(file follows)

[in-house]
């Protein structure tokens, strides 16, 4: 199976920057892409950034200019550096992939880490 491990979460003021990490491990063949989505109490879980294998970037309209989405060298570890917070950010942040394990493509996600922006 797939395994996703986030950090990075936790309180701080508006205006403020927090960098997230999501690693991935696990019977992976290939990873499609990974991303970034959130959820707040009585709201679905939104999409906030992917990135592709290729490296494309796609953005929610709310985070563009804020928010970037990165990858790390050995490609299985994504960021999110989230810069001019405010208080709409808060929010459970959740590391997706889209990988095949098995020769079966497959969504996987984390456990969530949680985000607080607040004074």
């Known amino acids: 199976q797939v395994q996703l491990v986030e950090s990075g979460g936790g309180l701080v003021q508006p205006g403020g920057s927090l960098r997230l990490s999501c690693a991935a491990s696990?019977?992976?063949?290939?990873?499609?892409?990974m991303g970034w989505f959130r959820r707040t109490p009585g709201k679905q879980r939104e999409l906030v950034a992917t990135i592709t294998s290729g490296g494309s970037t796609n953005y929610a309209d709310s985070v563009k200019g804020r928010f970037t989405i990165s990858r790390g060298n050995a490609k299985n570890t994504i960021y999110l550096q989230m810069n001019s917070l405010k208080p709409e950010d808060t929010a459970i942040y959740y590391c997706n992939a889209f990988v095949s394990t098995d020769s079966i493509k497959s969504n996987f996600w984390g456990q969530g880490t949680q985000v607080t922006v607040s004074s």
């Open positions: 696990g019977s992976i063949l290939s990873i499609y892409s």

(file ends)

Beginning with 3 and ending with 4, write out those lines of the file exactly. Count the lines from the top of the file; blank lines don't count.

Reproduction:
């Known amino acids: 199976q797939v395994q996703l491990v986030e950090s990075g979460g936790g309180l701080v003021q508006p205006g403020g920057s927090l960098r997230l990490s999501c690693a991935a491990s696990?019977?992976?063949?290939?990873?499609?892409?990974m991303g970034w989505f959130r959820r707040t109490p009585g709201k679905q879980r939104e999409l906030v950034a992917t990135i592709t294998s290729g490296g494309s970037t796609n953005y929610a309209d709310s985070v563009k200019g804020r928010f970037t989405i990165s990858r790390g060298n050995a490609k299985n570890t994504i960021y999110l550096q989230m810069n001019s917070l405010k208080p709409e950010d808060t929010a459970i942040y959740y590391c997706n992939a889209f990988v095949s394990t098995d020769s079966i493509k497959s969504n996987f996600w984390g456990q969530g880490t949680q985000v607080t922006v607040s004074s």
């Open positions: 696990g019977s992976i063949l290939s990873i499609y892409s």